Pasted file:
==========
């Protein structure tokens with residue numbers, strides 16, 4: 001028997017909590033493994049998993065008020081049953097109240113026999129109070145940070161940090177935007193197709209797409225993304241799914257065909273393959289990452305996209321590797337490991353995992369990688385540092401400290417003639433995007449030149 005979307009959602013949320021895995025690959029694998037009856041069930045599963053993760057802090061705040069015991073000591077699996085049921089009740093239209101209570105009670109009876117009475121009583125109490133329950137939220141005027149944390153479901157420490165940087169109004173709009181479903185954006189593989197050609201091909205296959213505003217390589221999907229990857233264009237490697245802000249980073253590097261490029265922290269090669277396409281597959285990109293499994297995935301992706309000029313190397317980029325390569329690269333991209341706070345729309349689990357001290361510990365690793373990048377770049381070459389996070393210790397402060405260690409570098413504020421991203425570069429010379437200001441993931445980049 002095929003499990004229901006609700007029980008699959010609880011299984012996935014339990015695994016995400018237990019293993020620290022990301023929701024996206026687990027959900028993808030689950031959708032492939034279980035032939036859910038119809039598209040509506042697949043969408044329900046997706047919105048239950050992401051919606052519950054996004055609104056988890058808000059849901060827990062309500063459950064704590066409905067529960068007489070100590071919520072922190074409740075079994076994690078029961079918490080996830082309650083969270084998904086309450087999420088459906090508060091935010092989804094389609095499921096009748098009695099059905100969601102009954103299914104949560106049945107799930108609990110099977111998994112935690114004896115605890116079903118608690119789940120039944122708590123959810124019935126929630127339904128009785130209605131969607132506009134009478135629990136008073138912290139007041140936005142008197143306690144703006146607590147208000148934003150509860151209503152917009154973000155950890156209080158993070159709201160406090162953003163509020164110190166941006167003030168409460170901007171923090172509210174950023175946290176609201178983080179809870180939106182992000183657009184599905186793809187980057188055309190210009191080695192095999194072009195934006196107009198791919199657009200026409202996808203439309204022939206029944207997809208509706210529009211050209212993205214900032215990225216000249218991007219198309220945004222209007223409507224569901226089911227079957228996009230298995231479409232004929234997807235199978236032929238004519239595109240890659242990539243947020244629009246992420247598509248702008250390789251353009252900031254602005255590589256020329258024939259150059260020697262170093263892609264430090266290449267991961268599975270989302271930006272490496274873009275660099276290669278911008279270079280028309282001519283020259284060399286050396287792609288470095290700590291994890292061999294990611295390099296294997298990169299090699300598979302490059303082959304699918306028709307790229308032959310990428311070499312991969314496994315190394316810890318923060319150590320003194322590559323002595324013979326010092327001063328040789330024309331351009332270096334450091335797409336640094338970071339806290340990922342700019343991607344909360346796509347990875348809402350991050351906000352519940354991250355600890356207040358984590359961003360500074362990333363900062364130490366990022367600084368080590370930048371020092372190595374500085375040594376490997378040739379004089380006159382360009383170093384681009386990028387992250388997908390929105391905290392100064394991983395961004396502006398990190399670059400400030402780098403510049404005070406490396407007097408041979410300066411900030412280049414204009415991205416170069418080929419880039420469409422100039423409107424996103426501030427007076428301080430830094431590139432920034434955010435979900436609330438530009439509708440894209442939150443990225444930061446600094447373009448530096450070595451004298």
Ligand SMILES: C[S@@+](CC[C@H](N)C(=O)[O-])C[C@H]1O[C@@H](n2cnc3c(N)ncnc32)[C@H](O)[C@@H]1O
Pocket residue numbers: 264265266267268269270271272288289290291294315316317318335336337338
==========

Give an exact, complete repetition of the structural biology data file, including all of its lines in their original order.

């Protein structure tokens with residue numbers, strides 16, 4: 001028997017909590033493994049998993065008020081049953097109240113026999129109070145940070161940090177935007193197709209797409225993304241799914257065909273393959289990452305996209321590797337490991353995992369990688385540092401400290417003639433995007449030149 005979307009959602013949320021895995025690959029694998037009856041069930045599963053993760057802090061705040069015991073000591077699996085049921089009740093239209101209570105009670109009876117009475121009583125109490133329950137939220141005027149944390153479901157420490165940087169109004173709009181479903185954006189593989197050609201091909205296959213505003217390589221999907229990857233264009237490697245802000249980073253590097261490029265922290269090669277396409281597959285990109293499994297995935301992706309000029313190397317980029325390569329690269333991209341706070345729309349689990357001290361510990365690793373990048377770049381070459389996070393210790397402060405260690409570098413504020421991203425570069429010379437200001441993931445980049 002095929003499990004229901006609700007029980008699959010609880011299984012996935014339990015695994016995400018237990019293993020620290022990301023929701024996206026687990027959900028993808030689950031959708032492939034279980035032939036859910038119809039598209040509506042697949043969408044329900046997706047919105048239950050992401051919606052519950054996004055609104056988890058808000059849901060827990062309500063459950064704590066409905067529960068007489070100590071919520072922190074409740075079994076994690078029961079918490080996830082309650083969270084998904086309450087999420088459906090508060091935010092989804094389609095499921096009748098009695099059905100969601102009954103299914104949560106049945107799930108609990110099977111998994112935690114004896115605890116079903118608690119789940120039944122708590123959810124019935126929630127339904128009785130209605131969607132506009134009478135629990136008073138912290139007041140936005142008197143306690144703006146607590147208000148934003150509860151209503152917009154973000155950890156209080158993070159709201160406090162953003163509020164110190166941006167003030168409460170901007171923090172509210174950023175946290176609201178983080179809870180939106182992000183657009184599905186793809187980057188055309190210009191080695192095999194072009195934006196107009198791919199657009200026409202996808203439309204022939206029944207997809208509706210529009211050209212993205214900032215990225216000249218991007219198309220945004222209007223409507224569901226089911227079957228996009230298995231479409232004929234997807235199978236032929238004519239595109240890659242990539243947020244629009246992420247598509248702008250390789251353009252900031254602005255590589256020329258024939259150059260020697262170093263892609264430090266290449267991961268599975270989302271930006272490496274873009275660099276290669278911008279270079280028309282001519283020259284060399286050396287792609288470095290700590291994890292061999294990611295390099296294997298990169299090699300598979302490059303082959304699918306028709307790229308032959310990428311070499312991969314496994315190394316810890318923060319150590320003194322590559323002595324013979326010092327001063328040789330024309331351009332270096334450091335797409336640094338970071339806290340990922342700019343991607344909360346796509347990875348809402350991050351906000352519940354991250355600890356207040358984590359961003360500074362990333363900062364130490366990022367600084368080590370930048371020092372190595374500085375040594376490997378040739379004089380006159382360009383170093384681009386990028387992250388997908390929105391905290392100064394991983395961004396502006398990190399670059400400030402780098403510049404005070406490396407007097408041979410300066411900030412280049414204009415991205416170069418080929419880039420469409422100039423409107424996103426501030427007076428301080430830094431590139432920034434955010435979900436609330438530009439509708440894209442939150443990225444930061446600094447373009448530096450070595451004298």
Ligand SMILES: C[S@@+](CC[C@H](N)C(=O)[O-])C[C@H]1O[C@@H](n2cnc3c(N)ncnc32)[C@H](O)[C@@H]1O
Pocket residue numbers: 264265266267268269270271272288289290291294315316317318335336337338